On 14 November in Geneva, one of France’s most storied gems comes to auction at Christie’s. Here we look back on the singular history of the Grand Mazarin, a diamond with three centuries of royal provenance.

The diamond known as the Grand Mazarin originated in the Golconda mines, on India’s Deccan plateau. The Golconda mines are legendary for having produced some of the most important diamonds in history — among them the Koh-i-Noor, the Regent Diamond and the Wittelsbach-Graff, all famous for their exceptional clarity.


Philippe de Champaigne (1602-1674), The Mazarin Cardinal. Musée Condé, Chantilly, France / Bridgeman Images

The Grand Mazarin, which will be offered on 14 November in the Magnificent Jewels sale at Christie’s in Geneva, takes its name from Cardinal Mazarin, who became France’s Chief Minister in 1642. Toward the end of his life, Mazarin assembled a collection of 18 exceptional gems. Purchased from the royal families of Europe or sourced from the jeweller Lescot, they were the most beautiful jewels on the Continent.


The Grand Mazarin, an historic coloured diamond. The old mine brilliant-cut diamond, weighing approximately 19.07 carats. Estimate on request. This lot is offered on 14 November in Magnificent Jewels at Christie’s in Geneva

The Grand Mazarin, an historic coloured diamond. The old mine brilliant-cut diamond, weighing approximately 19.07 carats. Estimate on request. This lot is offered on 14 November in Magnificent Jewels at Christie’s in Geneva

Of the 18, eight were ‘square cut’ diamonds; the largest of these was known as the Grand Mazarin. These stones became part of the French crown jewels and would remain the favourites of the French royal family for more than 200 years, having first passed from Mazarin to King Louis XIV — The Sun King — in 1661, when the French ruler was only 23 years old.

Louis’ wife, Maria Theresa of Austria, is likely to have been the first person to wear the Grand Mazarin. After Maria Theresa’s death, Louis XIV added the Grand Mazarin to his chain of diamonds, set in descending size order, on which it remained for many years.

The Sun King’s 72-year reign would leave its indelible mark on French history — the Château of Versailles, the construction of which he supervised, has left to posterity the image of a king enamoured of grandeur.

In 1792, the French Revolution had been underway for three years. Severely weakened, King Louis XVI was forced to hand over all the property of the French crown, now stored in the Garde-Meuble, or royal treasury.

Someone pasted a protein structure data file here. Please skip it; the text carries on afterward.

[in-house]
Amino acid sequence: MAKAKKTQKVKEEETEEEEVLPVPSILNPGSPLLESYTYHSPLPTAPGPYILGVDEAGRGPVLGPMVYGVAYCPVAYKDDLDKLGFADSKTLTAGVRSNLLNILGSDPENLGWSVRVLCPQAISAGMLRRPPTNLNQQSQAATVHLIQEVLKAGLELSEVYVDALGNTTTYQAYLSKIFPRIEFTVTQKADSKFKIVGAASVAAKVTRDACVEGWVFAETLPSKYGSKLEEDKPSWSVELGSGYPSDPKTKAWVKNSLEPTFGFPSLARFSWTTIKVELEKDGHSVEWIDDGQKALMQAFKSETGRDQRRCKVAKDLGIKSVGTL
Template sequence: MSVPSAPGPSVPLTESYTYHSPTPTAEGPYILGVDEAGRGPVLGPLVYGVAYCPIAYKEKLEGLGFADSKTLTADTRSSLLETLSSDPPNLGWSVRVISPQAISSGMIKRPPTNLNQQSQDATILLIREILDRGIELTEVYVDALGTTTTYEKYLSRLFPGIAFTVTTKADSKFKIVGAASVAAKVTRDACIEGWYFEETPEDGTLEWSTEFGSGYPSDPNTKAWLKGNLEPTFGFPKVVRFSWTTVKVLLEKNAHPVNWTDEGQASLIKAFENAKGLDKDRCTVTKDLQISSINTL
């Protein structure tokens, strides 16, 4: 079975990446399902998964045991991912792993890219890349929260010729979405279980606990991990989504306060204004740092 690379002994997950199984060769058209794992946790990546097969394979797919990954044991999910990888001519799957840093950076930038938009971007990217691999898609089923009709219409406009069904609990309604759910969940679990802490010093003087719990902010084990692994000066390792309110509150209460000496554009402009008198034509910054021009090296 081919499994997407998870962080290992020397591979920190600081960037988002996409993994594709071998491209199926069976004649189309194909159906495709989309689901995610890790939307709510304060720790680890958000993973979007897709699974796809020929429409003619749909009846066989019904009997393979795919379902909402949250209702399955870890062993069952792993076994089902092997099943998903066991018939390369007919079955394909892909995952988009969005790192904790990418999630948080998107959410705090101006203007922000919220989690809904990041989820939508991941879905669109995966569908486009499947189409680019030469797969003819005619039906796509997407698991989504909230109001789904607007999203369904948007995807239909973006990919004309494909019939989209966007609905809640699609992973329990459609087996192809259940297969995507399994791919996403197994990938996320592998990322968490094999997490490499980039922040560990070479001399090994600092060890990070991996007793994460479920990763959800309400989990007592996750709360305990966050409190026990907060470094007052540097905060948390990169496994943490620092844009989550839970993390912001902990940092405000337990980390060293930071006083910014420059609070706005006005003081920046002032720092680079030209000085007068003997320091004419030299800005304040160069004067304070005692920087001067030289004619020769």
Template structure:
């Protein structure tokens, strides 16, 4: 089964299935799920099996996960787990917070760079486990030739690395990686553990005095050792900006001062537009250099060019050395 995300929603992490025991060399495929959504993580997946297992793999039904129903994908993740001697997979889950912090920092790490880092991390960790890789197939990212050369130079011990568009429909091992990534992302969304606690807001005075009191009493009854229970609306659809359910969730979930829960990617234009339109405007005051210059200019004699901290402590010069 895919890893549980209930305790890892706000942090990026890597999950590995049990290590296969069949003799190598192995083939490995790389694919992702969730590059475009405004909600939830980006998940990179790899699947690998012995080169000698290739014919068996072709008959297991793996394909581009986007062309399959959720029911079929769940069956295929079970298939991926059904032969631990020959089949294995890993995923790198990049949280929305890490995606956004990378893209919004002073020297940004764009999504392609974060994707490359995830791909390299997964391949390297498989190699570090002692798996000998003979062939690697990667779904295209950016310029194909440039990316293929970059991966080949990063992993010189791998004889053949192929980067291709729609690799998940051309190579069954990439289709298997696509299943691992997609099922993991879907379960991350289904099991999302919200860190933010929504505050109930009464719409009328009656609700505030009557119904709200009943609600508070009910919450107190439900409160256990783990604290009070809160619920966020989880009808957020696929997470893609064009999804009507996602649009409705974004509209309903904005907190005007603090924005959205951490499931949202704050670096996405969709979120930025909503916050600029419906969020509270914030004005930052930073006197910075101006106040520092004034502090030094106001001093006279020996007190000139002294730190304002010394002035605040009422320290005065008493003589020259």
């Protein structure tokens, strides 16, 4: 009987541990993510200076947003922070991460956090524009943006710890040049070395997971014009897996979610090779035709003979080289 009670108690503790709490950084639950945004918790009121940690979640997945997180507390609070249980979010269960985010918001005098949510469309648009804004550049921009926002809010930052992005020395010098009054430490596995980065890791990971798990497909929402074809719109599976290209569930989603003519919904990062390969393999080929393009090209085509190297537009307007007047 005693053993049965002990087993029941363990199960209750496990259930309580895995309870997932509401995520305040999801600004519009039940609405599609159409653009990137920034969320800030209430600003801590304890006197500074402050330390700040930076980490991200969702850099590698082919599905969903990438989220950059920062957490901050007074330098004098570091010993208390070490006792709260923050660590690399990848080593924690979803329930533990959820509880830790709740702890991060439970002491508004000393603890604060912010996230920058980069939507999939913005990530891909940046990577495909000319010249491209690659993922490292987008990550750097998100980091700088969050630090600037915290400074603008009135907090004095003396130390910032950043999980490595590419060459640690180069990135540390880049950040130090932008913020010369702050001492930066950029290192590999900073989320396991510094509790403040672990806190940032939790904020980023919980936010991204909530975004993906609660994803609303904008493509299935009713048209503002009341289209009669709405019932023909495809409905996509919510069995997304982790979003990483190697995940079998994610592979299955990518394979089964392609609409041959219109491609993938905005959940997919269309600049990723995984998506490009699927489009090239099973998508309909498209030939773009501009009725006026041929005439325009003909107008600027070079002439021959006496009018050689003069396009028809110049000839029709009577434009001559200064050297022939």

The publication a year earlier of a complete inventory of the French crown jewels convinced a group of around 30 men to attempt to pull off the crime of the century. After breaking into the Garde-Meuble — a building that can still be seen on the Place de la Concorde in Paris — the robbers pried open the cabinets and seized all of the French crown jewels. Together with all the finest diamonds in France, the Grand Mazarin simply disappeared.

Ill-prepared from the start, most of the thieves were eventually caught and sentenced to death. One of them begged to be spared the scaffold in return for surrendering his portion of the spoils — which included the Grand Mazarin — to the authorities. It was a lucky break. Other stones were never found.

The fall of the monarchy called the fate of the crown jewels into question, but the rise of Emperor Napoleon brought a new fashion for celebrating the splendours of the past. In 1810, the Emperor commanded jeweller François-Regnault Nitot to create a magnificent set of diamond jewellery for his wife, Marie-Louise. It included a crown, a diadem, a necklace, a comb, a pair of three-drop earrings, bracelets, a belt, 10 dress jewels and eight rows of gold collets. The diadem was set with the most beautiful of the crown diamonds, the Grand Mazarin among them. But the Emperor’s reign was short: on the ascension of King Louis XVIII to the throne in 1814, the stone was removed and returned to the crown.

Some 70 years later, a plan to sell the French crown jewels was put in motion not long after their appearance, in 1884, in an exhibition at the Louvre. Despite heated opposition, an auction was held in May 1887. The Grand Mazarin was purchased by Frédéric Boucheron, one of the favoured jewellers of France’s great families.


Invoice in the name of Boucheron for the Grand Mazarin diamond, lot 46 of the 1887 auction of the French crown jewels © Boucheron archives

Many decades later, in 1962, the Louvre held an exhaustive, meticulously researched exhibition showcasing the most important jewels ever produced in France, with a special place reserved for the French crown jewels. The Grand Mazarin was listed as number 22, between the legendary Regent and Sancy diamonds. This would be the last time it was ever exhibited in public. The stone was subsequently sold to the European private collection from which it comes to auction at Christie’s.